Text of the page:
A tribe in the Western Ghats in need of a lifeline

Issues such as alcohol abuse that are threatening to overwhelm the ‘Phani Yerava’ tribals in Karnataka need to be on the policy radar

March 12, 2024 12:53 am | Updated 12:53 am IST

A vice that may have been picked up from the city

A vice that may have been picked up from the city | Photo Credit: SPECIAL ARRANGEMENT

In Karnataka’s section of the Western Ghats, lies Makuta village, under Betoli gram panchayat of Virajpet taluka in Kodagu district. More specifically, the village falls under the Makuta Aranya Valaya which is in the vicinity of the Kerti reserved forest. This area is in the Talacauvery sub-cluster, identified as one of the 10 World Heritage Sites in Karnataka and is a region of dense tropical evergreen forests that have remained undisturbed to a large extent.

The village has a Girijan colony inhabited by the ‘Phani Yerava’ tribe. In 2021, with the help of two local people including a Muslim gram panchayat member, all the 19 Yerava households here were able to successfully claim their ‘land’ in the forest, under the Forest Rights Act. In a joint survey conducted by the Forest, Revenue and Social Welfare Departments, officials found that the Yeravas reside on 135 acres of forest land, right from the time of their ancestors.

When asked about the importance of acquiring forest rights, the tribals did not appear to be very enthusiastic because their dependence on the forest exclusively for their livelihood has been reducing over some time.

The reason they gave was that they found going into the forest to collect minor forest produce to be a tiresome job. Besides, selling the produce was no longer lucrative given the volatile market and also rampant exploitation by middlemen. This bitter experience led them to believe that for the same effort, they would get better wages if they worked as labour. Hence, working as daily labour (casual or agriculture) is now the primary occupation of these forest dwellers. The majority of them prefer to go to Kasaragod in Kerala State which is less than 10 kilometres from their habitation, as they are comfortable speaking Malayalam.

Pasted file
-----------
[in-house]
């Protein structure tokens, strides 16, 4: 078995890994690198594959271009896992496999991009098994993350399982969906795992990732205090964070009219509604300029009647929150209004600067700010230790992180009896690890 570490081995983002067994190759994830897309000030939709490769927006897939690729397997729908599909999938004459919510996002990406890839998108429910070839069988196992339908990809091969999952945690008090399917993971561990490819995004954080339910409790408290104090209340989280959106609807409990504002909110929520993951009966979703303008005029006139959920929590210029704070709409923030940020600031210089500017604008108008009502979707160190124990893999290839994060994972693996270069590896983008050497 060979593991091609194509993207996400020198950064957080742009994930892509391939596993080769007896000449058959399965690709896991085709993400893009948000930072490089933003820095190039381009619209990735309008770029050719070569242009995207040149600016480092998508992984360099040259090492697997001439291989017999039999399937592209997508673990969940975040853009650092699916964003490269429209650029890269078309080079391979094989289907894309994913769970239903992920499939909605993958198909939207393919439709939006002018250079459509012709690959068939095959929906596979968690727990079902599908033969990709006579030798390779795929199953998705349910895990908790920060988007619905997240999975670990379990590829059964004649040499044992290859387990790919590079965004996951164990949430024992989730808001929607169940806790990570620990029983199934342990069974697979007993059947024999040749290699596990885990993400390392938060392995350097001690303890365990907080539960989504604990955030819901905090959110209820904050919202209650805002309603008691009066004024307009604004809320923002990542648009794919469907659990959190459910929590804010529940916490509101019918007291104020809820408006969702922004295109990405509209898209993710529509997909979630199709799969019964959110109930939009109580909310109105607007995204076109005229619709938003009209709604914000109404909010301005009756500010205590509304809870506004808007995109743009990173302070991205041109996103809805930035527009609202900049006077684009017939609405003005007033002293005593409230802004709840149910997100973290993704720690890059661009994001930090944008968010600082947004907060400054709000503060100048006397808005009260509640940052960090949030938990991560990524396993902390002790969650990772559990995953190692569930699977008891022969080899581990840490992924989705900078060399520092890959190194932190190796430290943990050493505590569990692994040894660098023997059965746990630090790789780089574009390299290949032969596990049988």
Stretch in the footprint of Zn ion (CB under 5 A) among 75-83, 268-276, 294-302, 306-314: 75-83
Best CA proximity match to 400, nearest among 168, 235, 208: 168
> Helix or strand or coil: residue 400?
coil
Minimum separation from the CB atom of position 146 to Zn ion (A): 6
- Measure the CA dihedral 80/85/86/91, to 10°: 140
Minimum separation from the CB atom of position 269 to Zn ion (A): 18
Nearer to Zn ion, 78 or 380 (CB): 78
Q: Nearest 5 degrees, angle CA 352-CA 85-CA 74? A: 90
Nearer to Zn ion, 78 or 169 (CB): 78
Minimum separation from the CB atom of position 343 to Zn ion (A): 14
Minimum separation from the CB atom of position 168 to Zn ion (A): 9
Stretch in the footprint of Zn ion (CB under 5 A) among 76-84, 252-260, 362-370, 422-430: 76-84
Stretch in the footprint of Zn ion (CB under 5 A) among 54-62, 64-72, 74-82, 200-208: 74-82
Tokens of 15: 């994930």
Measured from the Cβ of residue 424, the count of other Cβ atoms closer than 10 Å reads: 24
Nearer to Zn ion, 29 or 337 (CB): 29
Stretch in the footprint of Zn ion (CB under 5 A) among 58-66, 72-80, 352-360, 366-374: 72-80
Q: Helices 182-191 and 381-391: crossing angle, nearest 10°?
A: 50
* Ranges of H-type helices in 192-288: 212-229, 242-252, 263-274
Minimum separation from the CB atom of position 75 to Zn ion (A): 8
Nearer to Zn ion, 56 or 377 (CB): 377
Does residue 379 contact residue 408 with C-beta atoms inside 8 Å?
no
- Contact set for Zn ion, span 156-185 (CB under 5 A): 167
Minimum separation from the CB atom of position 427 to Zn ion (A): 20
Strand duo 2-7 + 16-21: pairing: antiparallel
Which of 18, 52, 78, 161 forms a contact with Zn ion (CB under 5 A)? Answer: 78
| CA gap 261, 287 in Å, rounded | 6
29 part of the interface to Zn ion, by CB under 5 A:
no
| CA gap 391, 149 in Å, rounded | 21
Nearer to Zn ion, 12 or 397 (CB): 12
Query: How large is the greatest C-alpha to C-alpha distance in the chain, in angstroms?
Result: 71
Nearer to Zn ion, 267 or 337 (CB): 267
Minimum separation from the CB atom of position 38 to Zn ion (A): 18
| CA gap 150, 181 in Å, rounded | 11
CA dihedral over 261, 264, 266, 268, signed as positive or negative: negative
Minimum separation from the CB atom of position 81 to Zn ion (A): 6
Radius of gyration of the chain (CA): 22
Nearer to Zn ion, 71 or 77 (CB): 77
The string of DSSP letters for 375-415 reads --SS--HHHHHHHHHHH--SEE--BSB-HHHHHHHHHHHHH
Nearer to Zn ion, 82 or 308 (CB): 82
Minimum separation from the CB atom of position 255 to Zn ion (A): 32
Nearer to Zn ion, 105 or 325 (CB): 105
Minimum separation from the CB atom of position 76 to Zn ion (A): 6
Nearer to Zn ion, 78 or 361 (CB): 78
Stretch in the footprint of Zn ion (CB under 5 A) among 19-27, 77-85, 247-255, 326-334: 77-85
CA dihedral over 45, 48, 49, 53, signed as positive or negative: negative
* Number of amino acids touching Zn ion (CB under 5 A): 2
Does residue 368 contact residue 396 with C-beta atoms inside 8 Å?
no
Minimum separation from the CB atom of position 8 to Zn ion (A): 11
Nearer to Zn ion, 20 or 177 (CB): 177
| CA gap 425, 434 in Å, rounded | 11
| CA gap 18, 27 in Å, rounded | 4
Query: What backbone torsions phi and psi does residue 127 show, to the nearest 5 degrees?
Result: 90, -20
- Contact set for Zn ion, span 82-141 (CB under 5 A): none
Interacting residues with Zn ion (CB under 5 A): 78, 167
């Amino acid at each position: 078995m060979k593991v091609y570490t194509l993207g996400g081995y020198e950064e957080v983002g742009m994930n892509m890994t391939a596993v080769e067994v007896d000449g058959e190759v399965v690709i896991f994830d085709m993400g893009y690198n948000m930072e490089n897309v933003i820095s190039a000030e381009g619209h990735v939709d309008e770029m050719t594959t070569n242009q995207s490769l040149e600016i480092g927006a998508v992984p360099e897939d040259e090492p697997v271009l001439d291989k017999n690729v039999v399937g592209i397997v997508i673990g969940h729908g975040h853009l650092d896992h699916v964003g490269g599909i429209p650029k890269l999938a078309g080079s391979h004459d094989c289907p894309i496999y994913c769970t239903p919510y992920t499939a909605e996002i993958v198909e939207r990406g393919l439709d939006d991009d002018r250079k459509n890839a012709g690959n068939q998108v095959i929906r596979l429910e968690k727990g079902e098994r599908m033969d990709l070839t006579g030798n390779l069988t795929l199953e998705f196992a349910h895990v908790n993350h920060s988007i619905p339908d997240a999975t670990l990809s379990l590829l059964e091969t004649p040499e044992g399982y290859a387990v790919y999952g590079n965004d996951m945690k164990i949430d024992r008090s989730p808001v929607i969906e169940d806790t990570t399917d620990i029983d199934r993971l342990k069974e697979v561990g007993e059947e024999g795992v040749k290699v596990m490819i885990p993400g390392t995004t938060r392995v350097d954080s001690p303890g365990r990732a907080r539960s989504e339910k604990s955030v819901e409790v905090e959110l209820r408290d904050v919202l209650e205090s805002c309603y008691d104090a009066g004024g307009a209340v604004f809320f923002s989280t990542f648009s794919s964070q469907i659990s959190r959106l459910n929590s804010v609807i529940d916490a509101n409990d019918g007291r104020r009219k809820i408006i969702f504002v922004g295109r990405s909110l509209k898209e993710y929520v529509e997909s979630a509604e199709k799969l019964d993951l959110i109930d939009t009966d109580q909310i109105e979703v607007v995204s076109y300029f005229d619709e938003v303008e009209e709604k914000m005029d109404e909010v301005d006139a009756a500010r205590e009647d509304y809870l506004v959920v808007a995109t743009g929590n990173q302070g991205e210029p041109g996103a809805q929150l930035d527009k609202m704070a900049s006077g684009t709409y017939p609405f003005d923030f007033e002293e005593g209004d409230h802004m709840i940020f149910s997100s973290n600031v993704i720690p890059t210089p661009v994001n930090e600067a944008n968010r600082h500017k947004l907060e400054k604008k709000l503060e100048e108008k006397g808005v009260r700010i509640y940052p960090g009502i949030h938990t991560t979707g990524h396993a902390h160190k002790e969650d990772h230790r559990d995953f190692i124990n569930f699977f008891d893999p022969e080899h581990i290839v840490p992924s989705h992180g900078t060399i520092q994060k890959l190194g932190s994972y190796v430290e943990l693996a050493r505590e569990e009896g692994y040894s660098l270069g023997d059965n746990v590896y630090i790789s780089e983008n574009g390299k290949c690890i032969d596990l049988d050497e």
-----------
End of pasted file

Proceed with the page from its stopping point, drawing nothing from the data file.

Nevertheless, along with fuelwood and honey, the other minor forest produce they collect includes dhoopa (Vateria indica)/incense, and shekakai (soap pod). The quantity collected depends on the availability of the produce in the forest as well as the need to procure them. However, most of those who gather forest produce said that the amount they collected was most often for their own consumption. There is no stockpiling.

The scourge of addiction

However, there is an issue that is a cause for worry. When this writer-researcher visited them to understand their socio-economic status after the implementation of the Forest Rights Act, almost the entire community was found to be in an intoxicated state due to alcohol abuse. According to non-tribal locals and others in the area, they picked the habit in the city seeing other labourers doing the same in the evenings after returning home to unwind after the pain from the day’s hard work. Not surprisingly, the tribals in the village were not in a position to recall how they got into this. Even adolescent children have taken to this vice. This has affected children’s attendance in schools too. Intoxication has slowly turned the community’s life into one of a miserable existence. As a result, the community is found to be uninformed about happenings in the external world around them. Given this development, important documents such as ration cards, Aadhar cards, voter identity cards, or even government documents such as rights given under the Forest Rights Act have to be kept in the safe custody of trustworthy non-tribal members.

Officials from the Department of Social Welfare working in this area have also been concerned about this issue because they find the state of the habitants to be ‘disheartening’. A case worker, who expressed deep empathy for them, said that efforts are being made to conduct a de-addiction drive. In another habitation in Nerugalale gram panchayat in Somwarpet taluka in the same district, a headman of the ‘Yarava’ tribe expressed sadness that a number of his relatives had lost their lives due to addiction. He cited this as the cause behind the population in his hamlet reducing to half. He hoped that good sense would prevail and that the tribals would lead a vice-free life.

It was the same story, but with varying degrees, in every tribal village that this writer-researcher visited in the Western Ghats region in Karnataka during the study (this article is drawn from a larger research study titled “Tribals, Forest Rights and Heritage Conservation: A Study of Western Ghats in Karnataka”, sponsored by the Indian Council of Social Science Research, New Delhi).

Non-government organisation activists and government officials working in the jurisdiction of the villages have said that such issues do not get enough attention in the policy matters in the State — a view also expressed by the leaders of some local tribal communities such as the Hasalaru, Gowdalu, and Jenu Kurubas. According to them, only a few communities which are numerically dominant among the Scheduled Tribes have been gaining benefits over recent years, in every walk of life. They expressed the wish that the government should consider these kinds of social issues seriously and take steps that are in the best interest of those groups. It is only then, they believe, that existential concerns such as addictions haunting forest dwellers can be addressed effectively.

Madhusudan Bandi is a faculty member with the Gujarat Institute of Development Research, Ahmedabad, Gujarat

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